BUENOS AIRES — Argentina looks set to default on its debt for the second time in 12 years next Thursday as negotiations with "holdout" investors seemingly go nowhere and neither side shows signs of blinking first, though a last minute deal can't be discounted.
Latin America's No. 3 economy has for years fought the holdout hedge funds which snapped up its junk bonds after its $100 billion default in 2002 and then refused the restructuring terms, suing for repayment in full.
But time is up. After a slew of legal setbacks for Argentina in U.S. courts, the country has just days to comply with a 2012 ruling by U.S. District Judge Thomas Griesa to pay $1.33 billion plus interest to the funds it calls "vultures."
If the deadlock persists, Griesa will prevent Argentina from making a July 30 deadline for a coupon payment on exchanged bonds, triggering a new default just as the economy struggles with recession, dwindling reserves and soaring inflation.
"The outcome is still uncertain, with just days before a technical default is triggered," said analyst Mauro Roca of Goldman Sachs. "A deal now seems unlikely."
Unlike Argentina's 2001-02 debt crisis when it was broke and could not pay its civil servants, this time around the country is solvent but prevented by Griesa from servicing its bonds until the battle with the holdouts is resolved.
Argentina's combative stance has upped the odds of a default. Efforts to find a solution through a mediator have made scant progress, with one of the lead holdouts saying the government had made clear "it will be choosing default".
Argentina's president, Cristina Fernandez, has not minced words, branding the holdouts extortionists and lambasting the judge for a ruling she says is unjust.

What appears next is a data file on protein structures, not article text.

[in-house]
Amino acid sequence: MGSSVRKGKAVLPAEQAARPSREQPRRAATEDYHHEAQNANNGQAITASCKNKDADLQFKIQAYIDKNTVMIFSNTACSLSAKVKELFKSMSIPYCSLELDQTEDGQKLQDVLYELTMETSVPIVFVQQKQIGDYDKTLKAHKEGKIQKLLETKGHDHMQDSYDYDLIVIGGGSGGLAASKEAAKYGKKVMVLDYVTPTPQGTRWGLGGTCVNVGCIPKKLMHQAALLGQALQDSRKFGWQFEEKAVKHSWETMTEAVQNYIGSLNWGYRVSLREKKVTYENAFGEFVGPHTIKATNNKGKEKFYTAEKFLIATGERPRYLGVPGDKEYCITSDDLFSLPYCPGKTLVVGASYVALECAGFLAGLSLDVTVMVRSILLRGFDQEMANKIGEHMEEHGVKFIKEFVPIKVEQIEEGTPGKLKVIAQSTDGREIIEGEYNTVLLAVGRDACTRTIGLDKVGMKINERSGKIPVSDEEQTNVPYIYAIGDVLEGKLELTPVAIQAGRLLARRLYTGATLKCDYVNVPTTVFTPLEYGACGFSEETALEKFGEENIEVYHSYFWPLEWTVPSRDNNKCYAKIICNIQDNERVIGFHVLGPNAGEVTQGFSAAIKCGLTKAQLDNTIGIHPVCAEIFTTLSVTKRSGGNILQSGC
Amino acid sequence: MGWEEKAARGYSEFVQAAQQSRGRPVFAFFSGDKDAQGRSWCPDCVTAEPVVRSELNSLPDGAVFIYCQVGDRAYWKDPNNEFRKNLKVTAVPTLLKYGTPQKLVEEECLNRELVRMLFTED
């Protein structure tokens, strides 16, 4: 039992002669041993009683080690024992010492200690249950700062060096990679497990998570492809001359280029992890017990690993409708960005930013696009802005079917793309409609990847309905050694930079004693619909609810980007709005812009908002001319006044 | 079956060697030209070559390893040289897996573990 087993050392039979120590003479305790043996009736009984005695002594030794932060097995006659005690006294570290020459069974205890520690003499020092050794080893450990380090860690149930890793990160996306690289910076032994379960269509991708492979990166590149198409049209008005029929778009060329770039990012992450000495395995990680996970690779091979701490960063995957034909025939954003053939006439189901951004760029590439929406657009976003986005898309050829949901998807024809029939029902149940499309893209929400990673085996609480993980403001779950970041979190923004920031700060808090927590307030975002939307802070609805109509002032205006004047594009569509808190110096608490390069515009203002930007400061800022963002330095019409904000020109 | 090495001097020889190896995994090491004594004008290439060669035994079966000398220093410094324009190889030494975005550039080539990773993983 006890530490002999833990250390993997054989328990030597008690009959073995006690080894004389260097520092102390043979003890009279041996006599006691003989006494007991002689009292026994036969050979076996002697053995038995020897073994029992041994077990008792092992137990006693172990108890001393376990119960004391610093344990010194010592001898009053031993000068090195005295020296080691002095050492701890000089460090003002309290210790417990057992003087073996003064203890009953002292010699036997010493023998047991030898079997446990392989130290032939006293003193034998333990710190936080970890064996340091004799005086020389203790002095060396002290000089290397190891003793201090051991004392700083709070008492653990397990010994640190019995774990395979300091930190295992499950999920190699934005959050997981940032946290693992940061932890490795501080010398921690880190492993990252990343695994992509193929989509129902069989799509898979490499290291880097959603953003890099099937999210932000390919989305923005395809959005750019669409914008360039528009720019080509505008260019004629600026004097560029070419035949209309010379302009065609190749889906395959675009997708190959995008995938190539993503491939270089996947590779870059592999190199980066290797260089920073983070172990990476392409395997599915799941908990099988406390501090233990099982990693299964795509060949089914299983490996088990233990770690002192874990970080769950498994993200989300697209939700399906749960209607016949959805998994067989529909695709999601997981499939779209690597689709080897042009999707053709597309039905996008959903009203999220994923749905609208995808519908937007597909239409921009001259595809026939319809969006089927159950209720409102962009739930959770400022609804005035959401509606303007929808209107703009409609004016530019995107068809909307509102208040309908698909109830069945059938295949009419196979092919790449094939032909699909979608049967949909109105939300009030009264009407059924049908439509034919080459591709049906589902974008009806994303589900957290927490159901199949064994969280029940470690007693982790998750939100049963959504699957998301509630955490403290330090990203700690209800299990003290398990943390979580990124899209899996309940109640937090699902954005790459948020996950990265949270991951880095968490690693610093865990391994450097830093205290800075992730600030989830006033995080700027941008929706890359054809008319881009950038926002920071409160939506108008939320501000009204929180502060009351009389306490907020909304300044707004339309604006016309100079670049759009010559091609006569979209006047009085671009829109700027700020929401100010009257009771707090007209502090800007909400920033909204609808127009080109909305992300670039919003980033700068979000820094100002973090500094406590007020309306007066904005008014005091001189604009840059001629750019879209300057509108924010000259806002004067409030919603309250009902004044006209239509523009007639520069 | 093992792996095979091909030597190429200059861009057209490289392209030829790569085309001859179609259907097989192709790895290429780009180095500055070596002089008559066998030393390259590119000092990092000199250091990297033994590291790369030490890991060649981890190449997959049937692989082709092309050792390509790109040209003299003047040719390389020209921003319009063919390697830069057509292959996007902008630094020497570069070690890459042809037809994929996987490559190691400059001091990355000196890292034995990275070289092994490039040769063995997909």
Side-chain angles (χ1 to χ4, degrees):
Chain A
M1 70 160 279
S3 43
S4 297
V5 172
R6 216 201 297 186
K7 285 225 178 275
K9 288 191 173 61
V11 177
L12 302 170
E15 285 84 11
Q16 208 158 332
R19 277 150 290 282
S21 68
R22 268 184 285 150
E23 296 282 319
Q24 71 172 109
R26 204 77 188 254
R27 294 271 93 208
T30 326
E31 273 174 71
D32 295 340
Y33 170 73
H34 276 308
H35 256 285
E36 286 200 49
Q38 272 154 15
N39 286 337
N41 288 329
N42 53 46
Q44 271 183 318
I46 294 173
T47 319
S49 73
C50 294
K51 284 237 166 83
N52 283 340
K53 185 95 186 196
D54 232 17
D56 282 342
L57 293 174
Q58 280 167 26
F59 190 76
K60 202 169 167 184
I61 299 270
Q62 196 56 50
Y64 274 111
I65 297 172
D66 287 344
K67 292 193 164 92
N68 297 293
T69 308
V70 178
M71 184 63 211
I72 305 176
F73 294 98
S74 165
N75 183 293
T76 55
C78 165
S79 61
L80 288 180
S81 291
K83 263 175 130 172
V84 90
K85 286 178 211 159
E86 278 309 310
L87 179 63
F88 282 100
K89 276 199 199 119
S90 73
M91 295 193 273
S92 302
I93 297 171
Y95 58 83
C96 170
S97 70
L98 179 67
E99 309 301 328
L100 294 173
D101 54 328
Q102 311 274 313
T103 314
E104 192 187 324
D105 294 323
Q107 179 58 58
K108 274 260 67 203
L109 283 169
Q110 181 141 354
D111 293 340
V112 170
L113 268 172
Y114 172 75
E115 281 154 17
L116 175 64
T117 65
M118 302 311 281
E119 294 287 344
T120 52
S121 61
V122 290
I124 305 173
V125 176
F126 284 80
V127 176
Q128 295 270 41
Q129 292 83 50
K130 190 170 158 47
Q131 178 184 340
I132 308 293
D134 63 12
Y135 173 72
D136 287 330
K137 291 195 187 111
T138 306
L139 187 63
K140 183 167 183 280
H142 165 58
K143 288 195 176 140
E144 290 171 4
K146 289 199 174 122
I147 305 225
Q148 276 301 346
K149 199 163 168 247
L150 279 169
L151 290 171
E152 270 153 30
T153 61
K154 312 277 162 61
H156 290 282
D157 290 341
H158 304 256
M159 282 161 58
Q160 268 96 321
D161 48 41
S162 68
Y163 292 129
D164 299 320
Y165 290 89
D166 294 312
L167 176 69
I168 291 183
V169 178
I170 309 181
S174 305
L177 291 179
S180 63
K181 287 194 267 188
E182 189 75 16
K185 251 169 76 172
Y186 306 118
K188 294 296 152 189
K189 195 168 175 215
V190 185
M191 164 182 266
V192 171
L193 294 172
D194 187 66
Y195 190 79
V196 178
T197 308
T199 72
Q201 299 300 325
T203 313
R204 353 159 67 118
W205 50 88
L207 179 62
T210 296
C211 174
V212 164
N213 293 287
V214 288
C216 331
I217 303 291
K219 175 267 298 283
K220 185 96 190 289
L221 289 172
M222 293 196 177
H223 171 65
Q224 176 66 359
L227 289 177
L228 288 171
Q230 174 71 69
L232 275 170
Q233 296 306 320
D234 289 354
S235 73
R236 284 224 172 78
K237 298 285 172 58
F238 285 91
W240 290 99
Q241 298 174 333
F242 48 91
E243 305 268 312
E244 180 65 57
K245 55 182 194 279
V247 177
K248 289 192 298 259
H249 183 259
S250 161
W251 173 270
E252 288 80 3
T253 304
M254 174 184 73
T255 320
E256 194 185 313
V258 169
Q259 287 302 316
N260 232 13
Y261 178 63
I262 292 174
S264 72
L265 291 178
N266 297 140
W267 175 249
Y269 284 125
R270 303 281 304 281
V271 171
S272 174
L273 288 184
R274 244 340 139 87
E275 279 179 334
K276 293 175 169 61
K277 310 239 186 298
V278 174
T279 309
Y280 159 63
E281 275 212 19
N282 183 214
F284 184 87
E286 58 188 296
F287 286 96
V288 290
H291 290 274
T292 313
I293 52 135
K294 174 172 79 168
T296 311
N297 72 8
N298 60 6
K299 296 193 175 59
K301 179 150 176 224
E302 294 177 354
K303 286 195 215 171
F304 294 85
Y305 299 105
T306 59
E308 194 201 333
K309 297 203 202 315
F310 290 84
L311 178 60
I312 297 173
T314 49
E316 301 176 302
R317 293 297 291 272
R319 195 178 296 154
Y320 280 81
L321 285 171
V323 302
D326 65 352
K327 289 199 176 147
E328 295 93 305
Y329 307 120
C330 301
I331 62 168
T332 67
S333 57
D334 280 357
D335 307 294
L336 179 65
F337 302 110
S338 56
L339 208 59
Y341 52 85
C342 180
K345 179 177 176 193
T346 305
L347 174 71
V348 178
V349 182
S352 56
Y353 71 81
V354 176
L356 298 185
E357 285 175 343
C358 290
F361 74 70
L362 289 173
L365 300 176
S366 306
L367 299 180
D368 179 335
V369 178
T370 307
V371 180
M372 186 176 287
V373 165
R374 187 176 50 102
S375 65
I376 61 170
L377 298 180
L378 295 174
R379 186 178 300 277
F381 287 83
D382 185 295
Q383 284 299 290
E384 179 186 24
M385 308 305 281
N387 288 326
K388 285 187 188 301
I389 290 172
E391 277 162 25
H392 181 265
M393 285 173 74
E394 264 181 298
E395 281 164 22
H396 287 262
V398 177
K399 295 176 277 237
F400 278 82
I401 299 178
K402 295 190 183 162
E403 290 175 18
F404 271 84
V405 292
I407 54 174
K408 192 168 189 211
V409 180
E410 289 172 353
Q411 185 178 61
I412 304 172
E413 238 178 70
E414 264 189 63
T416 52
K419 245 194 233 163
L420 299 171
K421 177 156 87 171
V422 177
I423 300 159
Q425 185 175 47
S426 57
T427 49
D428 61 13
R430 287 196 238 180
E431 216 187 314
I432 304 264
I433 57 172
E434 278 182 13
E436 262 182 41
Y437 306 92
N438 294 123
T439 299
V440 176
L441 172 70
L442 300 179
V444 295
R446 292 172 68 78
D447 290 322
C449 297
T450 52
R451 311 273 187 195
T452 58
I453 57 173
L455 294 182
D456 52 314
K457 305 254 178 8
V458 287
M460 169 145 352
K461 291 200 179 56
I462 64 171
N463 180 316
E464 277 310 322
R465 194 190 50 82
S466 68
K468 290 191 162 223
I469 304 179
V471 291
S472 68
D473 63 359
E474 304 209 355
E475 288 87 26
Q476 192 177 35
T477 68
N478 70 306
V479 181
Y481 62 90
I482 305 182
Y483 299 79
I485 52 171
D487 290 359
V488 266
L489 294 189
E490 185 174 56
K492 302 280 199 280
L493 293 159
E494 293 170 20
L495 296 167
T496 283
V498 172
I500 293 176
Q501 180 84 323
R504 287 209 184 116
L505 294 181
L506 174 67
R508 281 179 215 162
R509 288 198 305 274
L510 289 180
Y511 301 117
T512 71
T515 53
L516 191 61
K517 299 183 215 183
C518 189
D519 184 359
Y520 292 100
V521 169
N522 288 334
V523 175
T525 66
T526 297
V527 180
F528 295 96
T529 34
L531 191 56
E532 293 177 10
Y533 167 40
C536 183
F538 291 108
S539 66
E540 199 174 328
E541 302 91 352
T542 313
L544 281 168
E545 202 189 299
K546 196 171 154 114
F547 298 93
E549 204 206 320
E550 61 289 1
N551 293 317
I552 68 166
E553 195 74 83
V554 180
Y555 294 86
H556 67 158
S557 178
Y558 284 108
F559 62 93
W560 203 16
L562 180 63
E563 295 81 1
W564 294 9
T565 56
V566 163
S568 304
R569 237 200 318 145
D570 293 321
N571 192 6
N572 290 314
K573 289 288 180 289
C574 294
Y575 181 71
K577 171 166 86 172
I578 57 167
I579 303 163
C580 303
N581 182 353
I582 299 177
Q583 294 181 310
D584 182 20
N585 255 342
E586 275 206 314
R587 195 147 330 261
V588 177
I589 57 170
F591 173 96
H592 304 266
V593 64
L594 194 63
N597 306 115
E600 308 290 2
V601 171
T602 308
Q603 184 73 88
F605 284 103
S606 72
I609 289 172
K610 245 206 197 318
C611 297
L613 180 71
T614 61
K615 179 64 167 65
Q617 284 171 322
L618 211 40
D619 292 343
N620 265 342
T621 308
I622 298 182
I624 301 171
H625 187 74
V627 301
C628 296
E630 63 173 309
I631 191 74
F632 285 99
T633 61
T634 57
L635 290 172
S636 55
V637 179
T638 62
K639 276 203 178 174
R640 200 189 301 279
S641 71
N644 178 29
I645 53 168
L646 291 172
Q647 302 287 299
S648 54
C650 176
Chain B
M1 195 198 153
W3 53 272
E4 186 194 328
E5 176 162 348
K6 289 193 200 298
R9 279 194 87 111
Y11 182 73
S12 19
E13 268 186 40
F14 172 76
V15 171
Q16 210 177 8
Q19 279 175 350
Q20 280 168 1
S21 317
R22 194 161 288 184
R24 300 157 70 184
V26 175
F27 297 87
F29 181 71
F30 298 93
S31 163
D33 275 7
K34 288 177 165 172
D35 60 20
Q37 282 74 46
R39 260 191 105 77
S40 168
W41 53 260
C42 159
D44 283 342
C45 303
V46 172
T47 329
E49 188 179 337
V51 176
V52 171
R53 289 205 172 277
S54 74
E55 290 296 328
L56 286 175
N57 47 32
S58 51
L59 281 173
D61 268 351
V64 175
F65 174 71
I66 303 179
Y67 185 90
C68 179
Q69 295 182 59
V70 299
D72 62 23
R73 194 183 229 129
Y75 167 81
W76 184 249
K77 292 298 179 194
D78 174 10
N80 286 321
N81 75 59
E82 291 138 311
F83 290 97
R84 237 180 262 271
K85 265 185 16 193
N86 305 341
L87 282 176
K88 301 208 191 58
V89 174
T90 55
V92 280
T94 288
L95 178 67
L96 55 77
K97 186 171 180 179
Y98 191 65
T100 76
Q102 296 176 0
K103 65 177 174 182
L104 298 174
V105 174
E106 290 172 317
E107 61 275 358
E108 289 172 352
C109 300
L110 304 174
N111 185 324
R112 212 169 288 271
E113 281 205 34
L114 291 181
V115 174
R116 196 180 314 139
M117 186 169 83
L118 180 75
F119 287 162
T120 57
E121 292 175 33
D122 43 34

A high-stakes game of poker is playing out. Griesa's ruling prohibits Argentina from servicing its restructured debt until it settles with the holdouts.
If neither side flinches, Argentina will default as of July 31. Although it will have sufficient finances to service its foreign currency restructured debt, worth $35 billion, it will be unable to get payments to creditors outside Argentina.
A default won't send shockwaves through the global economy: Argentina is already isolated from international capital markets. How much pain it causes at home will depend on how quickly Argentina can extricate itself from the mess.
On Friday, Argentine debt negotiators left mediator Daniel Pollack's office after just one hour, pouring more cold water on hopes for a deal, which now seems the least likely outcome.
Even if Argentina does pull off a deal, it will come too late to haul the economy out of recession this year.
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